In any study, there are caveats in protocols that can include trap design and other collection tools [87], so some caution is necessary for interpreting any results. I investigated fluxes from river to land using data collected by several authors in different ecosystems, as such, some variation can be expected in these estimates. For example, Different collection methods and traps may overestimate or underestimate fluxes for a variety of reasons [88,89]. Specifically, emergence traps may underestimate the fluxes of odonates from rivers, as some odonates crawl onto vegetation and rocks rather than fly out [87,90]. Additionally, Odonates, individually, have very high biomasses relative to other aquatic insects [90], and their contributions to outward subsidies may be underestimated in all our calculations. I recommend that additional studies incorporate the capture of crawling insects, as this aspect would improve the estimates of aquatic invertebrate flow from water to land.
Additionally, it is worth noting that the values expressed here for annual export of physiologically important fatty acids and MeHg via insects are preliminary estimates, based on averaging data from different ecosystems, and merely represent an initial attempt to calculate the order of magnitude of exports that are mediated my insects. I am cognisant that there are many limitations and sources of error in this type of global extrapolation, including the fact that fatty acids and mercury concentrations may vary depending on region, growth phase, climate, light regime and local nutrient conditions. For example, various authors have shown that mercury varies substantially over space and time [91,92]. Nevertheless, these kinds of data using a global perspective are needed to give a broader scale (sensu Gladyshev et al. [18]), which, in the future, may be refined further to create models to predict how environmental perturbations like climate change may affect the spatial and temporal dynamics of subsidies and methylmercury exported from water to land.
Summarily, these results underscore the need to view freshwater systems as just not nutrient exporters but lateral exporters of harmful contaminants [64] that can potentially be biomagnified within the food web. This view departs from the traditional viewpoint of streams being exporters of nutrients alone. Riparian insectivores (e.g., birds and small mammals) facilitate the transfer of aquatic mercury to higher trophic levels, thus serving as conduits in the dispersal of aquatic contaminants to the broader terrestrial food web [82]. Given the widespread contamination of streams, the ubiquity of stream insects, and the importance of insect subsidies to riparian predators, more research is needed to quantify the magnitude and risk of exposure to riparian food webs.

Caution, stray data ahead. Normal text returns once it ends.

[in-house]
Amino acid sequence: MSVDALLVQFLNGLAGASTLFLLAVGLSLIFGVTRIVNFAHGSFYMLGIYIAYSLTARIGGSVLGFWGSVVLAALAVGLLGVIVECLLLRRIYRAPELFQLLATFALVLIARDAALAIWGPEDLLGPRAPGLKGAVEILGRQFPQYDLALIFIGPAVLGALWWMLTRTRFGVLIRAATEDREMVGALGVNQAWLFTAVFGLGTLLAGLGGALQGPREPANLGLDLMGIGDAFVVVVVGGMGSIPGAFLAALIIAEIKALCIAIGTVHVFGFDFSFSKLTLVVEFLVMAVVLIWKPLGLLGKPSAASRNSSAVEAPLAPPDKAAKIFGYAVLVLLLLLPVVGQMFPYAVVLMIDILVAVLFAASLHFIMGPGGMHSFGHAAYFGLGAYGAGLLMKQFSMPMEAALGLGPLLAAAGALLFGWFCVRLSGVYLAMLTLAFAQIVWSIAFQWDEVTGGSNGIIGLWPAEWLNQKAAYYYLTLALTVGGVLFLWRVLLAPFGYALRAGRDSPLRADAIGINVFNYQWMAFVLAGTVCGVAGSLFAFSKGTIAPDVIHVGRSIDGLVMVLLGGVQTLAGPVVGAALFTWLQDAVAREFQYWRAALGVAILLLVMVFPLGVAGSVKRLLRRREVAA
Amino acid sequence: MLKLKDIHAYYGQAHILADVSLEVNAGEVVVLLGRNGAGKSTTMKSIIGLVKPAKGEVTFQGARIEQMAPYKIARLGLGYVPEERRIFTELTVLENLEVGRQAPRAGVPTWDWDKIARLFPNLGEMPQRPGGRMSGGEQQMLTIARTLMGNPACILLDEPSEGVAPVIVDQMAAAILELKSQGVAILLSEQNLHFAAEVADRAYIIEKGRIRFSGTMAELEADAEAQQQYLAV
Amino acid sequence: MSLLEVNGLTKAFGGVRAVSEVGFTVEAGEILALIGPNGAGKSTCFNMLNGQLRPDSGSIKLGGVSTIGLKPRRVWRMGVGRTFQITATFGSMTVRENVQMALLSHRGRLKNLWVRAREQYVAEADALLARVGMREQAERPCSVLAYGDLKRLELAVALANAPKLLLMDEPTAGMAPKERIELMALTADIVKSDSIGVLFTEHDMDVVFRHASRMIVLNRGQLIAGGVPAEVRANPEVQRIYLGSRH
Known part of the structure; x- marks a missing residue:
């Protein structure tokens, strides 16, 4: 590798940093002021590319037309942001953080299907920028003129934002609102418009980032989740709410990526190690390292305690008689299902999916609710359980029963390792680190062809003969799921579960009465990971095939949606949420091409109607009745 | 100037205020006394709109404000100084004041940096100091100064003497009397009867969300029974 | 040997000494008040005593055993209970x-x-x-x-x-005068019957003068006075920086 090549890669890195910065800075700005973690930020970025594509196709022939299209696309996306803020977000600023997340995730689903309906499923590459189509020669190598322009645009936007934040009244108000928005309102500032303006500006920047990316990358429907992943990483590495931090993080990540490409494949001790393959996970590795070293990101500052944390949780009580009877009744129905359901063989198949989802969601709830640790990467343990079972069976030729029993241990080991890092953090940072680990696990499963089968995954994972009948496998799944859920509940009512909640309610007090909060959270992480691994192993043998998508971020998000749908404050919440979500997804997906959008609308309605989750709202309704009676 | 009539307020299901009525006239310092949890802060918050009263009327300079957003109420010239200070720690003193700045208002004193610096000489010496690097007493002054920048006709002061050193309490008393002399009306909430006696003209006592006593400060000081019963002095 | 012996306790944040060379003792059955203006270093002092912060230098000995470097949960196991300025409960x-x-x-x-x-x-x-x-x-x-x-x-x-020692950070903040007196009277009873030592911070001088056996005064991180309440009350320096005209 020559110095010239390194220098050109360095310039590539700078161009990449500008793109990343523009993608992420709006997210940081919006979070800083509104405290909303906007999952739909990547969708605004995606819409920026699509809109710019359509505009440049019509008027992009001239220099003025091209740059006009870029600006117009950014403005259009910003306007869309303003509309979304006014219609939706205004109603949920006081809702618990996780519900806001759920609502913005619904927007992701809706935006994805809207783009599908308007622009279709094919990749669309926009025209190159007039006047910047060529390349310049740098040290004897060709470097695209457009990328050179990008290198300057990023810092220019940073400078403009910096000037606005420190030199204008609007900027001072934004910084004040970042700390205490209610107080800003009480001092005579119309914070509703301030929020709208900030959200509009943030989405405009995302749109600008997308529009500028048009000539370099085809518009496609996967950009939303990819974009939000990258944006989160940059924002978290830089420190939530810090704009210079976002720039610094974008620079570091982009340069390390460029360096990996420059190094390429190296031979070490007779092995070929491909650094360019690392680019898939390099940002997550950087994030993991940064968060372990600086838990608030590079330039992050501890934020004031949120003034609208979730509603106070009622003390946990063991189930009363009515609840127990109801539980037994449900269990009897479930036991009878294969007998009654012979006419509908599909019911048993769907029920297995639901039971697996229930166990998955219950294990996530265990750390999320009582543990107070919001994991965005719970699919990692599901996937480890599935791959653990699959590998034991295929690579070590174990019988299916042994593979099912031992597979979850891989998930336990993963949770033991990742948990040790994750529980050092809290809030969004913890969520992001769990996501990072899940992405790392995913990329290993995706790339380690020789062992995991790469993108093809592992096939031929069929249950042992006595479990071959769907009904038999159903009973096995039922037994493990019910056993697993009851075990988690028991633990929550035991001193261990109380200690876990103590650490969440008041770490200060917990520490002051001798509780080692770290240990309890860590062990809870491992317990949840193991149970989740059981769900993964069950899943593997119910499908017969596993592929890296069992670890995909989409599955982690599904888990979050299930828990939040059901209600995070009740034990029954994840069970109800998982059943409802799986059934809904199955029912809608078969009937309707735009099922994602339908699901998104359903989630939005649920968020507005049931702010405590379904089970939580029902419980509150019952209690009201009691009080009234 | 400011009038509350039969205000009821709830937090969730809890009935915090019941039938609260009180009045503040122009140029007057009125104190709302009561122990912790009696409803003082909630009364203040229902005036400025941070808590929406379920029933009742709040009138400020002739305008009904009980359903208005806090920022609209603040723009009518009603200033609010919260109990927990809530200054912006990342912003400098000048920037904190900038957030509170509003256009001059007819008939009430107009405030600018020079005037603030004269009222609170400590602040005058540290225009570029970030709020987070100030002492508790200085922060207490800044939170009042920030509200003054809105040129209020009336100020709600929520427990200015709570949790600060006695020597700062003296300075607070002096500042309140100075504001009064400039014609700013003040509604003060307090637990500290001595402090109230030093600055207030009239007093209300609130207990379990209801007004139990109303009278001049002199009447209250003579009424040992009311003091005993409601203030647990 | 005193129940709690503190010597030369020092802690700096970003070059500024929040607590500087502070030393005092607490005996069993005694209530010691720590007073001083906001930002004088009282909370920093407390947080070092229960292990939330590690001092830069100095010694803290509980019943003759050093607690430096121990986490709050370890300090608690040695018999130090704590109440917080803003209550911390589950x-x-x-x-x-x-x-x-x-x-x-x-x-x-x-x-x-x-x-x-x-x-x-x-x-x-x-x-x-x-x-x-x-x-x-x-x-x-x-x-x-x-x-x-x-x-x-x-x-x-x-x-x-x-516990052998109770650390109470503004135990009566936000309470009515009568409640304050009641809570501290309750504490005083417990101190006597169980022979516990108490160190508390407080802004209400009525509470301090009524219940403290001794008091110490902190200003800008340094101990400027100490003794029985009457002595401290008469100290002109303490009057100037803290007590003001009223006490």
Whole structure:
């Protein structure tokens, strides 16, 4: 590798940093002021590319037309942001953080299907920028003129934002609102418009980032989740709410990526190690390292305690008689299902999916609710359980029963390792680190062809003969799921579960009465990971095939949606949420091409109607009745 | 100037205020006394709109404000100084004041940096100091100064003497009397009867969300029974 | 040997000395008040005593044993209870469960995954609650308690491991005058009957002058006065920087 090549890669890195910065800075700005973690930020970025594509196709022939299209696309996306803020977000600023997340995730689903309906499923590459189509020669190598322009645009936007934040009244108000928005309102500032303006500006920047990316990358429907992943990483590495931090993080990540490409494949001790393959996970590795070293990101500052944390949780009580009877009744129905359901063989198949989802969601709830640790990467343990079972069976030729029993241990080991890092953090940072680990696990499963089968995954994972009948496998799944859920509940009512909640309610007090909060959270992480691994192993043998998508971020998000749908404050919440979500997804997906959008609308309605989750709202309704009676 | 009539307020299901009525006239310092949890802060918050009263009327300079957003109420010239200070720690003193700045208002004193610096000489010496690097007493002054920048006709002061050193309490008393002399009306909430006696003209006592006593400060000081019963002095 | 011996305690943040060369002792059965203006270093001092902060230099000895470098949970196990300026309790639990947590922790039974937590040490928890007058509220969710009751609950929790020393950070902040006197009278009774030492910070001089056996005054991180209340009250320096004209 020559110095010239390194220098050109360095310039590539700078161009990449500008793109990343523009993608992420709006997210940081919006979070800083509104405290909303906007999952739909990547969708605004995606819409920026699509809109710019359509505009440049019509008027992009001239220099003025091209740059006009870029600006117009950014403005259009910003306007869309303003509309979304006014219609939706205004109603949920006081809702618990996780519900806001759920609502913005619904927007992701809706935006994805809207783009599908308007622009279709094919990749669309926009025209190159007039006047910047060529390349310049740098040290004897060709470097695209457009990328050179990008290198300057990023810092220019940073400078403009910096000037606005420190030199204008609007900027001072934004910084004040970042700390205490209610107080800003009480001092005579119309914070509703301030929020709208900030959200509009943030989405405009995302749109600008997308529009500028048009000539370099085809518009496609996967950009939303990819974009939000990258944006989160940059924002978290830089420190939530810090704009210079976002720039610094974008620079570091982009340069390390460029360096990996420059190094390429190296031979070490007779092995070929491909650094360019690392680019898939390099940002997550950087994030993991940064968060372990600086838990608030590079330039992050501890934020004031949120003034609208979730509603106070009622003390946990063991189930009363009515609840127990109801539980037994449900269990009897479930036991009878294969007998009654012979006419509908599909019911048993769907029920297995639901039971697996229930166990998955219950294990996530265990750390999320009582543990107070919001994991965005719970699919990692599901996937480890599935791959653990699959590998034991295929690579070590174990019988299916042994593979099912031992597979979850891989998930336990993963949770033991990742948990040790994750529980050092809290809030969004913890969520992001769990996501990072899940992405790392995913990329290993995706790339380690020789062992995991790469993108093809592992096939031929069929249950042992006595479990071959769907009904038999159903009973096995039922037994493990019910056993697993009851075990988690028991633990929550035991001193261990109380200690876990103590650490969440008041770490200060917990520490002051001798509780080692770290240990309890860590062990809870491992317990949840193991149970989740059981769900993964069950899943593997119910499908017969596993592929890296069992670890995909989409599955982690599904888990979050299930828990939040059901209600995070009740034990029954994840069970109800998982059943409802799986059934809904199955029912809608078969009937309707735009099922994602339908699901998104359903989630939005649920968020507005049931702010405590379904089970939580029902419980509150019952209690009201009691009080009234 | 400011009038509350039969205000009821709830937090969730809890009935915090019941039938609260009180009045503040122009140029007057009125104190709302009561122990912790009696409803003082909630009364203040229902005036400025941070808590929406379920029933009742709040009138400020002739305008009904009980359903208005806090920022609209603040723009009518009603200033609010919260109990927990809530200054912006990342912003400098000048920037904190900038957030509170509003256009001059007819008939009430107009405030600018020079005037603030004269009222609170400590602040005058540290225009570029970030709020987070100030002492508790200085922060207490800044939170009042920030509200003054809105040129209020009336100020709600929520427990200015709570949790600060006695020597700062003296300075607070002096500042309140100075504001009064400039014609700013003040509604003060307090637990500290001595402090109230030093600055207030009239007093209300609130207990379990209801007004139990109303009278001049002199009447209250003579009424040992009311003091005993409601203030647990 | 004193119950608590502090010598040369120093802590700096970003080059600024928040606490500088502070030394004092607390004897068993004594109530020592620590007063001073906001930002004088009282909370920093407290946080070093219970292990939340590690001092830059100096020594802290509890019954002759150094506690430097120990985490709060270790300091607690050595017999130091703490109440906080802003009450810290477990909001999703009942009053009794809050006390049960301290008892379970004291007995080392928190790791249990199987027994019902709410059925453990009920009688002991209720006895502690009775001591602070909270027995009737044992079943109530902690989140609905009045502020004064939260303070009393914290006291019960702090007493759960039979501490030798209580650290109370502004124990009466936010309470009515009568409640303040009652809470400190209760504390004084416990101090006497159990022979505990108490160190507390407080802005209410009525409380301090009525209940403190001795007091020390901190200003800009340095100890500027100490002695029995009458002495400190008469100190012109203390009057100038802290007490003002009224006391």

Supplementary Materials

The following are available online at https://www.mdpi.com/2218-273X/10/1/129/s1, Table S1: Continental estimates of surface areas of lakes and rivers based on shapefiles. All data measured and analysed in qGis, Table S2: Global estimates of surface area of lakes and rivers from diverse datasets.

Author Contributions

S.M. conceived, designed, and executed this study and wrote the manuscript. No other person is entitled to authorship.

Funding

This research received no external funding.

Acknowledgments

I am grateful for all the authors whose hard work and data were fundamental to this study. I am also grateful for the assistance of Valerie Motsumi who provided helpful comments on an earlier version of the manuscript. I thank the Louisiana State University Libraries Open Access Author Fund for providing the funds to publish open access.

Conflicts of Interest

The author declares no conflict of interest.

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Figure 1. Map showing locality of studies documenting the emergence fatty acids and mercury content in six continents.
Figure 1. Map showing locality of studies documenting the emergence fatty acids and mercury content in six continents.
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Figure 2. Estimate (±SD) of physiologically important fatty acids, methylmercury (MeHg) and total mercury (Hg) calculated for each continent. The letters depict results from Medcalc® comparison of means calculator within each continent, where values with the same letters depict no significant difference between the export values. Note that only continents where emergence data are available are statistically compared.
Figure 2. Estimate (±SD) of physiologically important fatty acids, methylmercury (MeHg) and total mercury (Hg) calculated for each continent. The letters depict results from Medcalc® comparison of means calculator within each continent, where values with the same letters depict no significant difference between the export values. Note that only continents where emergence data are available are statistically compared.